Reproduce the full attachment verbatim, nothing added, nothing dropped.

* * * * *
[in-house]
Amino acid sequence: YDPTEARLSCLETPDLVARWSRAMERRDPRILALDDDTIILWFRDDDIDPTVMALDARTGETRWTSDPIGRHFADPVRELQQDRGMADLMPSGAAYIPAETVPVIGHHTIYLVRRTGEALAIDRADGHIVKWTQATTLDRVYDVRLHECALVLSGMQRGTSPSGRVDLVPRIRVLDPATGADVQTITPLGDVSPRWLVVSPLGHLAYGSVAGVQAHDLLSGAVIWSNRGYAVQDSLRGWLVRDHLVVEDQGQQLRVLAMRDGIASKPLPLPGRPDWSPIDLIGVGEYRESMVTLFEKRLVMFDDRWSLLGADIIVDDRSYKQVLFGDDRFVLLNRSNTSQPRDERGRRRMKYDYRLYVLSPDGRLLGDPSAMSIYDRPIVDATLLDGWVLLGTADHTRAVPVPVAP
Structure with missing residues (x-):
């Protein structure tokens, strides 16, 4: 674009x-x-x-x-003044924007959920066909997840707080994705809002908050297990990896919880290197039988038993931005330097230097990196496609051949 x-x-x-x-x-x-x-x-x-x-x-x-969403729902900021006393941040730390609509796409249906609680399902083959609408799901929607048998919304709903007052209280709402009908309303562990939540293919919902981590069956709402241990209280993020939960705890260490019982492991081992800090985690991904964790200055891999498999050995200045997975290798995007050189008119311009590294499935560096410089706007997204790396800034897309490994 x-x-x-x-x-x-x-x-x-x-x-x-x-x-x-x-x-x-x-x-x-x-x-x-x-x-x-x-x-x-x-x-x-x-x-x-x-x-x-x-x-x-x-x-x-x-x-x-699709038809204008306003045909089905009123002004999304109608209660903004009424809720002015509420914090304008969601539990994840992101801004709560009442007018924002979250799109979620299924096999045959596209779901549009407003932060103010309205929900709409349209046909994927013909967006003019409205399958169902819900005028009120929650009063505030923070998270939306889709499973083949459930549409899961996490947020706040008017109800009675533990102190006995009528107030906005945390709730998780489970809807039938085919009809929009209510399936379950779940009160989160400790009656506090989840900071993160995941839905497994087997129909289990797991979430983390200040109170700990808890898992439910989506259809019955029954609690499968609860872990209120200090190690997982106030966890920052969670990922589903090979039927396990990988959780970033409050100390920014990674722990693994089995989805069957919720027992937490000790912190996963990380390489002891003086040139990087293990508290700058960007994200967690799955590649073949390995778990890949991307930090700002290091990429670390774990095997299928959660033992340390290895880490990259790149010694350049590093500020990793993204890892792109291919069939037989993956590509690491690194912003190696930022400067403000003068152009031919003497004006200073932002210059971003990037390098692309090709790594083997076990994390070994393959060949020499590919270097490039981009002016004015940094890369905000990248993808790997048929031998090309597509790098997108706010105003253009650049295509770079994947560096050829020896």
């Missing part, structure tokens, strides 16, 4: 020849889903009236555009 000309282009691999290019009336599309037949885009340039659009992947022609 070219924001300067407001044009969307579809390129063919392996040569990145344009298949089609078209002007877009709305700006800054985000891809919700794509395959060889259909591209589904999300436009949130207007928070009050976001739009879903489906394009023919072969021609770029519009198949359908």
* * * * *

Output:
[in-house]
Amino acid sequence: YDPTEARLSCLETPDLVARWSRAMERRDPRILALDDDTIILWFRDDDIDPTVMALDARTGETRWTSDPIGRHFADPVRELQQDRGMADLMPSGAAYIPAETVPVIGHHTIYLVRRTGEALAIDRADGHIVKWTQATTLDRVYDVRLHECALVLSGMQRGTSPSGRVDLVPRIRVLDPATGADVQTITPLGDVSPRWLVVSPLGHLAYGSVAGVQAHDLLSGAVIWSNRGYAVQDSLRGWLVRDHLVVEDQGQQLRVLAMRDGIASKPLPLPGRPDWSPIDLIGVGEYRESMVTLFEKRLVMFDDRWSLLGADIIVDDRSYKQVLFGDDRFVLLNRSNTSQPRDERGRRRMKYDYRLYVLSPDGRLLGDPSAMSIYDRPIVDATLLDGWVLLGTADHTRAVPVPVAP
Structure with missing residues (x-):
């Protein structure tokens, strides 16, 4: 674009x-x-x-x-003044924007959920066909997840707080994705809002908050297990990896919880290197039988038993931005330097230097990196496609051949 x-x-x-x-x-x-x-x-x-x-x-x-969403729902900021006393941040730390609509796409249906609680399902083959609408799901929607048998919304709903007052209280709402009908309303562990939540293919919902981590069956709402241990209280993020939960705890260490019982492991081992800090985690991904964790200055891999498999050995200045997975290798995007050189008119311009590294499935560096410089706007997204790396800034897309490994 x-x-x-x-x-x-x-x-x-x-x-x-x-x-x-x-x-x-x-x-x-x-x-x-x-x-x-x-x-x-x-x-x-x-x-x-x-x-x-x-x-x-x-x-x-x-x-x-699709038809204008306003045909089905009123002004999304109608209660903004009424809720002015509420914090304008969601539990994840992101801004709560009442007018924002979250799109979620299924096999045959596209779901549009407003932060103010309205929900709409349209046909994927013909967006003019409205399958169902819900005028009120929650009063505030923070998270939306889709499973083949459930549409899961996490947020706040008017109800009675533990102190006995009528107030906005945390709730998780489970809807039938085919009809929009209510399936379950779940009160989160400790009656506090989840900071993160995941839905497994087997129909289990797991979430983390200040109170700990808890898992439910989506259809019955029954609690499968609860872990209120200090190690997982106030966890920052969670990922589903090979039927396990990988959780970033409050100390920014990674722990693994089995989805069957919720027992937490000790912190996963990380390489002891003086040139990087293990508290700058960007994200967690799955590649073949390995778990890949991307930090700002290091990429670390774990095997299928959660033992340390290895880490990259790149010694350049590093500020990793993204890892792109291919069939037989993956590509690491690194912003190696930022400067403000003068152009031919003497004006200073932002210059971003990037390098692309090709790594083997076990994390070994393959060949020499590919270097490039981009002016004015940094890369905000990248993808790997048929031998090309597509790098997108706010105003253009650049295509770079994947560096050829020896």
């Missing part, structure tokens, strides 16, 4: 020849889903009236555009 000309282009691999290019009336599309037949885009340039659009992947022609 070219924001300067407001044009969307579809390129063919392996040569990145344009298949089609078209002007877009709305700006800054985000891809919700794509395959060889259909591209589904999300436009949130207007928070009050976001739009879903489906394009023919072969021609770029519009198949359908």